‘Expected Passing %’: between accuracy and difficulty

Category: Player Analysis

How complicated is the pass I just saw on television? It is a question as simple as it is complex. With your powers of analysis and perception you may conclude that it is easy or difficult, or you may put an adverb in front of it to add some degree of difficulty or ease, but […]


How complicated is the pass I just saw on television? It is a question as simple as it is complex. With your powers of analysis and perception you may conclude that it is easy or difficult, or you may put an adverb in front of it to add some degree of difficulty or ease, but you can’t go too deep. There may be difficult passes that, with data in hand, become a real rarity that no one in a particular championship has been able to replicate.

One of the tasks and fundamentals of advanced statistics is to develop predictive and probability models that help to more deeply and accurately measure a concept or parameter of the game. In the case of passing, counting the percentage of successful passes or the percentage of long passes is fine, but we are a long way from measuring the true value that a player brings with his intentions, risks and successes. To begin to tell the story of how our Expected Passing % model is shaped, we will consider the following.

First, we collect basic geometric information about the pass and its location:

  • X-coordinate of the start location of the pass.
  • Y-coordinate reflected at the start location of the pass
  • Angle of the pass based on the end location
  • Approximate distance of the pass based on the final location

Next, we take into account whether:

  • The pass was made with the feet or with the head.
  • It was a pass in play, a set piece, a goal kick or a cross.

With this model and to understand and visualise the data, as with the Expected Goals model, we calculate the probability of a pass being successful, with 0 being a failed pass and 1 being a successful pass. If the model gives a value of 0.37 xP, then the pass had a 37% chance of being completed. Another way to read the metric is that if a pass had 0.10 xP then only 1 in 10 of that type of pass was completed. Let’s use a graphical example to support the idea.

This map below is interactive. It corresponds to Barcelona’s 1-0 win over Atletico Madrid on matchday 30 of the 2022/23 Spanish league championship. If you hover your mouse over each circle, you will get more information about who made the pass. The play unfolds quickly: three passes are executed and a shot, by Ferran Torres, leads to the only goal of the match.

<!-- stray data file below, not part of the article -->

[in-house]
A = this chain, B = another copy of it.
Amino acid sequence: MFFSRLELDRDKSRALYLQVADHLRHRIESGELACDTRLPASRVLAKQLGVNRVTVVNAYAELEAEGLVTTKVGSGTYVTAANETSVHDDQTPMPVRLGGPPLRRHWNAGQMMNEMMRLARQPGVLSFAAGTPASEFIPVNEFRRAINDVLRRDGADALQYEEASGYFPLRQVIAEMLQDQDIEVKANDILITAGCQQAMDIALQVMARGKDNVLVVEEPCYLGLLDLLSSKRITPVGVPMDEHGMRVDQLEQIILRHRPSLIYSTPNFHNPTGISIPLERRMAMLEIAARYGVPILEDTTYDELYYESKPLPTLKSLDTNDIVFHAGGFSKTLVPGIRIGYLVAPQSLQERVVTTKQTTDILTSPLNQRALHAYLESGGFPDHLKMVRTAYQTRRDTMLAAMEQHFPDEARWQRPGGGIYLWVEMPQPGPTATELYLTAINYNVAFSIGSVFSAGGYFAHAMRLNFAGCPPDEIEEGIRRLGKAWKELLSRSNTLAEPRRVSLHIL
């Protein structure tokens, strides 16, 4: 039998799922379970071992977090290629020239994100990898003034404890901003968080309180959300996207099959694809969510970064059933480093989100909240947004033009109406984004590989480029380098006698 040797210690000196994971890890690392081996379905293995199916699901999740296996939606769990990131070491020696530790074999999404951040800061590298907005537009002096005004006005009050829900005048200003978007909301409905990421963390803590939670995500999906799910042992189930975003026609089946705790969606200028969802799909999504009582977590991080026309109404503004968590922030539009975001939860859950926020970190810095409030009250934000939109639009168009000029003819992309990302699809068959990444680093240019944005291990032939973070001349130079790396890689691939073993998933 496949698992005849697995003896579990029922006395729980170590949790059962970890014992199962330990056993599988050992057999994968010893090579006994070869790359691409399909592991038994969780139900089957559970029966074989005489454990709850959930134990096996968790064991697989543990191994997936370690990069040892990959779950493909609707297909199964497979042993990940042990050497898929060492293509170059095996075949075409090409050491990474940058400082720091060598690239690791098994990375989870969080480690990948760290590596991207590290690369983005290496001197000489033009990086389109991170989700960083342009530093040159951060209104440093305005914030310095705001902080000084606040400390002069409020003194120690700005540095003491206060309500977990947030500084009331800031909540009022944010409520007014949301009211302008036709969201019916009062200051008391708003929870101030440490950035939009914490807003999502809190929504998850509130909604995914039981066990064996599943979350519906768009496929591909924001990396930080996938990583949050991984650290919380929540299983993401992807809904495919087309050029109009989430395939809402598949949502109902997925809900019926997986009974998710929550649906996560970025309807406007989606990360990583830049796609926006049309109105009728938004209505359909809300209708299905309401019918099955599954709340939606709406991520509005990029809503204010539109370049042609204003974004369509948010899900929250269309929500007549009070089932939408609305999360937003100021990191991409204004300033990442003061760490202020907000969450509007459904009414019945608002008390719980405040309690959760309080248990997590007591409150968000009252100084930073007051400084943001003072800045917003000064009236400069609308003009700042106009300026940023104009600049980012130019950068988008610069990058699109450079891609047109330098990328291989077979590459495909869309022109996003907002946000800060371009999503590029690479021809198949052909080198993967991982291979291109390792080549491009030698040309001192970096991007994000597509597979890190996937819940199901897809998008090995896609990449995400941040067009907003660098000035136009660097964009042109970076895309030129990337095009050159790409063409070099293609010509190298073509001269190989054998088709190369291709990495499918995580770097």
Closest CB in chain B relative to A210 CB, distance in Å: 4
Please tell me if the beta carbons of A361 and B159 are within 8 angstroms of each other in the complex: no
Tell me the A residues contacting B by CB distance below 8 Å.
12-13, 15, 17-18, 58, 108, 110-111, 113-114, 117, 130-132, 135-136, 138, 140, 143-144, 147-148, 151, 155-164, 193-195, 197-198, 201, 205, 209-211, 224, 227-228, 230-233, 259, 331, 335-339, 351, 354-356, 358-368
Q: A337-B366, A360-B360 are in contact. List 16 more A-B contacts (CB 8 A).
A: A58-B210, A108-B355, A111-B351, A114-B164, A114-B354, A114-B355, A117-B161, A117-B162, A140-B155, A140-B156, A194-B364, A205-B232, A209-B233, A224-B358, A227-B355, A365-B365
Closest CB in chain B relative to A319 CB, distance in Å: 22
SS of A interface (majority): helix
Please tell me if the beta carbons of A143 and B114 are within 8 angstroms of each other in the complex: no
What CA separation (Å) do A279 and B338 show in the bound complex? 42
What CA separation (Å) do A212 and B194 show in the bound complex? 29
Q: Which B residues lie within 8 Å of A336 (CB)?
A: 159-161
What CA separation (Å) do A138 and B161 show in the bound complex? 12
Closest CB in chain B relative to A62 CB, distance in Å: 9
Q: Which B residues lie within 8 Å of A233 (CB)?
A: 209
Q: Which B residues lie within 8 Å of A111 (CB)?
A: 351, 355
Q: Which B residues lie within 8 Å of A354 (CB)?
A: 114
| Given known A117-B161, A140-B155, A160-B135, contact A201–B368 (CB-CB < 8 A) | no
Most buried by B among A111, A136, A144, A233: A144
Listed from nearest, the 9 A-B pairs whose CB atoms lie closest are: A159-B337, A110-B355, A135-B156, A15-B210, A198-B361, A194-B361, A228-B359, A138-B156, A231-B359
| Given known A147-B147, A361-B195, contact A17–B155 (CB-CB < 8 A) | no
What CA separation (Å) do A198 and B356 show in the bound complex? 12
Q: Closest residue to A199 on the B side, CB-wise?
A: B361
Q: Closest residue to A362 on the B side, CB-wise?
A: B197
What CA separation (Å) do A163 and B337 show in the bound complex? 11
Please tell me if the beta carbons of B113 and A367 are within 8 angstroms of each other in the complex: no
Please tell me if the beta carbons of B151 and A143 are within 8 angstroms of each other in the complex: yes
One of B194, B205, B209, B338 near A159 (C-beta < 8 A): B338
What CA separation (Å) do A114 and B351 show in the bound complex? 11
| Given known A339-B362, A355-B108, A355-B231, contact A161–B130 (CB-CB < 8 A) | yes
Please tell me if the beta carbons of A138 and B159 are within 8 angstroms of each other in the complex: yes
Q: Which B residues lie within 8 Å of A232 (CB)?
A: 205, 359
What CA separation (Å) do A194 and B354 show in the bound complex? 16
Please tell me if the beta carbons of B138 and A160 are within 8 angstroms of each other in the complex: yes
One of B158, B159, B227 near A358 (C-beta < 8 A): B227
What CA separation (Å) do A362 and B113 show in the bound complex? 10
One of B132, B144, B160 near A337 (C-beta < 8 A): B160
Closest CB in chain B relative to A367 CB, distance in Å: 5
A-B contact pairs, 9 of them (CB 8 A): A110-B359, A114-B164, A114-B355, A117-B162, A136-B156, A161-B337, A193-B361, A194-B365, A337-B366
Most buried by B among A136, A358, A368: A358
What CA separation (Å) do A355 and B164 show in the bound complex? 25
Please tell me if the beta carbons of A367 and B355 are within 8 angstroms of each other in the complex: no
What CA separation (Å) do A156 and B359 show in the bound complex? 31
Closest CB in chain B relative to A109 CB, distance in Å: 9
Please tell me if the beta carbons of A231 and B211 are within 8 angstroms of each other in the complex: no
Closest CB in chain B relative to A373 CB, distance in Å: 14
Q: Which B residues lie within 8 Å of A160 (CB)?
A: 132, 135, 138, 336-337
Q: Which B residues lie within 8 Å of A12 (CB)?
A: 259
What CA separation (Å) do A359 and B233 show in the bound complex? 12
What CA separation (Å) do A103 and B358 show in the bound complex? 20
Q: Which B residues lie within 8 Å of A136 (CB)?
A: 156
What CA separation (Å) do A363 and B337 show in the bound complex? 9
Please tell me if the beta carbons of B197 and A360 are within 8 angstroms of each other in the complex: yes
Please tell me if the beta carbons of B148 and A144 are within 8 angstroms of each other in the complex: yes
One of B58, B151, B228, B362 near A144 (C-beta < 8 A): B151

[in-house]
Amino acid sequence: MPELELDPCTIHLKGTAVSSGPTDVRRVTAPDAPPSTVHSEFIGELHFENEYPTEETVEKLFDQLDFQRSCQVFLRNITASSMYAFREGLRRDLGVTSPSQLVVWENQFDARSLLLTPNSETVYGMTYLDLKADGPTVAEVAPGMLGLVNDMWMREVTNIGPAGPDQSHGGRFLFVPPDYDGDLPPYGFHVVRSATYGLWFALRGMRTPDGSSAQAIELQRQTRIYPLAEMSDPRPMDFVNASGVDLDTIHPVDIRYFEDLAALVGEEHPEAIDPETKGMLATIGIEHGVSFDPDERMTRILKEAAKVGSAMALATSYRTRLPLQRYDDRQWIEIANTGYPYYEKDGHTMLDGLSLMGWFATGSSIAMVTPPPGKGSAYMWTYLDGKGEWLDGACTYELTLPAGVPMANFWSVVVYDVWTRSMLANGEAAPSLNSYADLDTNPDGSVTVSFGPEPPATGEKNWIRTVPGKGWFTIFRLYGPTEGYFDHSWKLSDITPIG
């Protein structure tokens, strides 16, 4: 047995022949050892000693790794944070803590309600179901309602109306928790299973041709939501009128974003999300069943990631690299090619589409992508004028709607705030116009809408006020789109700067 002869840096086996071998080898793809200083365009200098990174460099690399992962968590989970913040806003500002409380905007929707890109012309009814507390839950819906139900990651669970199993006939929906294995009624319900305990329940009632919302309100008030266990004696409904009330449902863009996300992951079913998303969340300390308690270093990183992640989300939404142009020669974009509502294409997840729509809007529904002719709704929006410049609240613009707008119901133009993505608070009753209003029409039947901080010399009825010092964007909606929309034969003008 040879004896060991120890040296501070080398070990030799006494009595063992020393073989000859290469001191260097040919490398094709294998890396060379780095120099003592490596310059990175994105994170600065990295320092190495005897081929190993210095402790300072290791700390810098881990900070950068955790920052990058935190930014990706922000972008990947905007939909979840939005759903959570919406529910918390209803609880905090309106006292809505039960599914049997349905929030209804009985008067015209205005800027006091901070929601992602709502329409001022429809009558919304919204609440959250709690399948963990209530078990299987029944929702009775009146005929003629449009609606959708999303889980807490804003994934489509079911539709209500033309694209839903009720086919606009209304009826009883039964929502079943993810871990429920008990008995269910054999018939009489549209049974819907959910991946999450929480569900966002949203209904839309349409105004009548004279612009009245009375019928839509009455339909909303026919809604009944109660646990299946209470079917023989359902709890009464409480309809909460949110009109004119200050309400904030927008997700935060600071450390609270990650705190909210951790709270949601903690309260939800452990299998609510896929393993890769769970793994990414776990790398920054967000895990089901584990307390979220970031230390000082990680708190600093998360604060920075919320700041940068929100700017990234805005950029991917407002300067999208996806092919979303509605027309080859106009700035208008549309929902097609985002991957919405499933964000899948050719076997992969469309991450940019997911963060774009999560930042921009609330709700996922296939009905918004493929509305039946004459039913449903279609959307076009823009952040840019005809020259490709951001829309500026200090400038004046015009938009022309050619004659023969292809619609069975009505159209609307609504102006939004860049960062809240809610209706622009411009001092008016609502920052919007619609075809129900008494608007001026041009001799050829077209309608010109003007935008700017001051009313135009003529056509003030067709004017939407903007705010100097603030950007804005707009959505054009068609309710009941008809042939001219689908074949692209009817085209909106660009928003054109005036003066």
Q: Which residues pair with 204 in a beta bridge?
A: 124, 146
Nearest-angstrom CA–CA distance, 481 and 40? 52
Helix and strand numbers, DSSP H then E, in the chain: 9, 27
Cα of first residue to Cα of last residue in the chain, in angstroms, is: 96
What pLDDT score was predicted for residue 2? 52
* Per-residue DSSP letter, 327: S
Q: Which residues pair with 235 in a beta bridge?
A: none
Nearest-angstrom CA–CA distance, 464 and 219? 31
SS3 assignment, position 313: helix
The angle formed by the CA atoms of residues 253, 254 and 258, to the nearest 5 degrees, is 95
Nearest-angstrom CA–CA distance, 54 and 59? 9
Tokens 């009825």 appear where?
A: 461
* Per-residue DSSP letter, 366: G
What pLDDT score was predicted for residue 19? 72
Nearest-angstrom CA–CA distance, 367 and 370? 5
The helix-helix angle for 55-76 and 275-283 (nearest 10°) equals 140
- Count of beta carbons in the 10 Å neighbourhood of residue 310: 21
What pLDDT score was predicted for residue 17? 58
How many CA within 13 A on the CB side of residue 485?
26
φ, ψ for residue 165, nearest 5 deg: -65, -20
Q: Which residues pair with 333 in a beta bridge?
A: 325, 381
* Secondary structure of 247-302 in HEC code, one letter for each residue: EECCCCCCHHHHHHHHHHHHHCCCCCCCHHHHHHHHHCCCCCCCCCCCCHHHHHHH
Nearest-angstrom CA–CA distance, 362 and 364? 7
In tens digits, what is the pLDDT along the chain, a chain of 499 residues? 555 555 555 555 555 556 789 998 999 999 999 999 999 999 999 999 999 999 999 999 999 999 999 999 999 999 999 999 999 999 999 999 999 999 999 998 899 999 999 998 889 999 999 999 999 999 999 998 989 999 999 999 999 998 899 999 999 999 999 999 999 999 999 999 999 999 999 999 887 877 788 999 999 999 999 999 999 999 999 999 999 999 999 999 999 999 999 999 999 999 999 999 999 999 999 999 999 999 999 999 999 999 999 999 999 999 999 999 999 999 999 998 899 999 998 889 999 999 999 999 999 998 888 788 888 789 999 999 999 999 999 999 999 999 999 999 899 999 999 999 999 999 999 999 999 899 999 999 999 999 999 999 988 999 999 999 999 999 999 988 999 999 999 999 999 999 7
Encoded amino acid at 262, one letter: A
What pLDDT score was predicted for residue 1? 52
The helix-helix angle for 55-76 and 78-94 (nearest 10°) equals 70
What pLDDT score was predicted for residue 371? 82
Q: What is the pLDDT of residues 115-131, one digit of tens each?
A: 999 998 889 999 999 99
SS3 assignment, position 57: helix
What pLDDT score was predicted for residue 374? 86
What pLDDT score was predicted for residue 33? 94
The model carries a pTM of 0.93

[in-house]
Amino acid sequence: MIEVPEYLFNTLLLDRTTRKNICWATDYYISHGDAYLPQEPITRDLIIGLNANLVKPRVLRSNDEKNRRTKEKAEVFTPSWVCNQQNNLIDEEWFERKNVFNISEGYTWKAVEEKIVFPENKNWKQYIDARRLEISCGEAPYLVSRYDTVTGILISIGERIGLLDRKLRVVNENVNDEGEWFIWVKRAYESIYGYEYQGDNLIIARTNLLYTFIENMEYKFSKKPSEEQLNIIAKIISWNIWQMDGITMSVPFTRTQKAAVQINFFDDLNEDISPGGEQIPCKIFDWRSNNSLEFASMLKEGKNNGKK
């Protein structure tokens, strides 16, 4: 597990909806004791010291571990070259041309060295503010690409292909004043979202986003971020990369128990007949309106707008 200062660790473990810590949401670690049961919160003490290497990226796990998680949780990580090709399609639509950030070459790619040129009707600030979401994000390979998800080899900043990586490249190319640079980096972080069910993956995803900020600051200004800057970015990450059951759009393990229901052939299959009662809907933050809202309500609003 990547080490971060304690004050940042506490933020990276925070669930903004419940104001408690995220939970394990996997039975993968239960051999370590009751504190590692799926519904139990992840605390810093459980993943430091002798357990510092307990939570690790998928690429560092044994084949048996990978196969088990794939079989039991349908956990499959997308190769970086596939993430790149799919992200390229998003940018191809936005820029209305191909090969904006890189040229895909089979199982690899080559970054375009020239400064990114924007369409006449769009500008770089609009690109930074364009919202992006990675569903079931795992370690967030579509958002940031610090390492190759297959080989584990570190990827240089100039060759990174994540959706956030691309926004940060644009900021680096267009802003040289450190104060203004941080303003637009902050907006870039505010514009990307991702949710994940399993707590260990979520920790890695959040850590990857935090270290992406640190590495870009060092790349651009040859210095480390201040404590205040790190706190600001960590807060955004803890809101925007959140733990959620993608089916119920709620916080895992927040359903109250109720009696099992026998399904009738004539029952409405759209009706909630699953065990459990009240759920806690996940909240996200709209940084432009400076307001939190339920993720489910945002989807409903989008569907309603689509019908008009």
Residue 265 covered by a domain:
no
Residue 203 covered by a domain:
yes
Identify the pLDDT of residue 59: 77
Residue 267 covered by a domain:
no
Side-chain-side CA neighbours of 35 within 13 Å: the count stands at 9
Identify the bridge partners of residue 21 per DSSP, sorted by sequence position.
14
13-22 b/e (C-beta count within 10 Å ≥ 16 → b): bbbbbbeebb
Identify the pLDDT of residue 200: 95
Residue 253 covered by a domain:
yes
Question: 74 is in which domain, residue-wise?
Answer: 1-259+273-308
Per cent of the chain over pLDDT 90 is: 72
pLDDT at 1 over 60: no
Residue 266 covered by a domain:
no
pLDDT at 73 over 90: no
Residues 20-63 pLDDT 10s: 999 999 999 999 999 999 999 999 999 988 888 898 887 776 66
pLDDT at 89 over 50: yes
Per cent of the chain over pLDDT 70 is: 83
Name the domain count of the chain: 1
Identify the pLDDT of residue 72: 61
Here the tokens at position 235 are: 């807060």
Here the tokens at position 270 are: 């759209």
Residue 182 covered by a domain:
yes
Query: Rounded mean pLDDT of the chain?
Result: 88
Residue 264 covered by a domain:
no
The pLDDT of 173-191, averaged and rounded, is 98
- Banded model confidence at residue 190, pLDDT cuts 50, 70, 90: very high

To see the play, in this Youtube link, from second 51, you can see the three passes and their level of difficulty, which we will then transfer to their corresponding value within the Expected Passes model. Taking into account the variables we described at the beginning of the text, each pass is given a value of probability of success.

The pass from Koundé to Araujo, with 0.92 (92% probability of completion).
Araujo’s pass to Raphinha, with 0.26 xP (26% probability).
And finally, the one from Raphinha to Ferran, with 0.78 (78% probability).

The metric contains the value of being able to know which players make passes of a higher or lower probability, thus relating the risk they take to their position, area of the pitch or daring to add value. For this reason, it is especially useful to extract the average for each player over the course of a competition to know, as in the Expected Goals per Shot metric, the average value of all passes made by the player. Here you will see that centre-backs, full-backs or midfielders have a very different average value.

An interesting way to visualise who completes more passes than expected and how difficult, on average, the passes they make are, is with the following table. In it we see the best midfielders in Spanish La Liga 22/23, all belonging to Real Madrid, in the differential between expected passes and completed passes, both expressed as a percentage. If the most effective strikers have a very positive differential between goals and expected goals, the most accurate midfielders also have a very positive differential between passes completed and expected passes.

We are Driblab, a consultancy specialized in the statistical analysis of players and teams; our work is focused on advising and minimizing risk in professional football decision-making in areas related to talent detection and footballer evaluations. Our database has more than 200,000 players from more than 180 competitions, covering information from all over the world. Here you can learn more about how we work and what we offer.

Autor: Alejandro Arroyo
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Información corporativa

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